Missouri River ('Big Muddy'), the principal branch of the Mississippi River, is formed by the confluence of the Jefferson, Gallatin, and Madison rivers, at Gallatin City, Montana, 4132 feet above the sea-level. These rivers rise in the Rocky Mountains, close to the sources of the Columbia and Colorado rivers, and to the Continental Divide. The Madison has the remotest source in a small lake of the same name in Yellowstone National Park in Wyoming, 44° 19' N. lat. and 110° 5C W. long., at an elevation of 7632 feet, and flows north-west and north to the junction of the Three Forks. Thence the Missouri flows N. and NE. to Fort Benton, the head of navigation, 225 miles from Gallatin City. About 40 miles above Fort Benton are the Great Falls, where the river descends 327 feet in 15 miles by a series of cataracts (the highest 87 feet). From Fort Benton the course is easterly, the river being flanked by bluffs about a mile apart until it passes the rapids 400 miles below, when the valley opens to a width of 10 miles. The Milk River is its first large tributary, but at the boundary of North Dakota the still larger Yellowstone (1152 miles) joins it. From the last junction, which is the head of navigation in the low-water season, the Missouri flows E. and SE. through North Dakota, to Bismarck (1610 feet above sea-level, where it is crossed by the splendid bridge of the Northern Pacific Railroad), and through South Dakota to Sioux City, whence flowing south the river bounds Nebraska and Kansas on the right and Iowa and Missouri on the left. On receiving the tributary Kansas the stream turns to the east, and flowing across the state of Missouri pours its muddy waters into the Mississippi, 20 miles above St Louis. The Missouri is 3047 miles long, of which 2682 are called navigable, but owing to its tortuous, treacherous, and obstructed channel navigation is attended with great risks. The chief towns on the banks are Bismarck, Yankton, Sioux City, Omaha, Council Bluffs, Nebraska City, St Joseph. Atchison, Leavenworth, and Kansas City.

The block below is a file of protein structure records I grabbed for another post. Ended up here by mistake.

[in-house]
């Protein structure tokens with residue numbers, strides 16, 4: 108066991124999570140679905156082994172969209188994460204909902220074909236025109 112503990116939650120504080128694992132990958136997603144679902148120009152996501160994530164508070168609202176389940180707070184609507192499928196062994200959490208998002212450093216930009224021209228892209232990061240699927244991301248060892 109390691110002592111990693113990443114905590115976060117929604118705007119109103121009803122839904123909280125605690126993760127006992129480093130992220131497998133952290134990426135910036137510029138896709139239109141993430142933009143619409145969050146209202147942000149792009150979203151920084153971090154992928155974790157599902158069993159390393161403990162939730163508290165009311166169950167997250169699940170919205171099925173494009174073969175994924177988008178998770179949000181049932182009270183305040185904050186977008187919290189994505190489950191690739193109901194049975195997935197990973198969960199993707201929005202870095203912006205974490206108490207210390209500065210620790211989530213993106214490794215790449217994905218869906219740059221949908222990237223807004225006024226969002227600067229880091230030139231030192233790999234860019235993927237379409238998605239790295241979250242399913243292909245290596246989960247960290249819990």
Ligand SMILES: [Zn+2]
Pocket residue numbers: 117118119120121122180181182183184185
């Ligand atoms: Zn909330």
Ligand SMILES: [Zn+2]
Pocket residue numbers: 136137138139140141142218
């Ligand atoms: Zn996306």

See Commerce and Navigation of the Mississippi (1888), and other works by Humphrey and Abbot (1861), and Glazier (1893).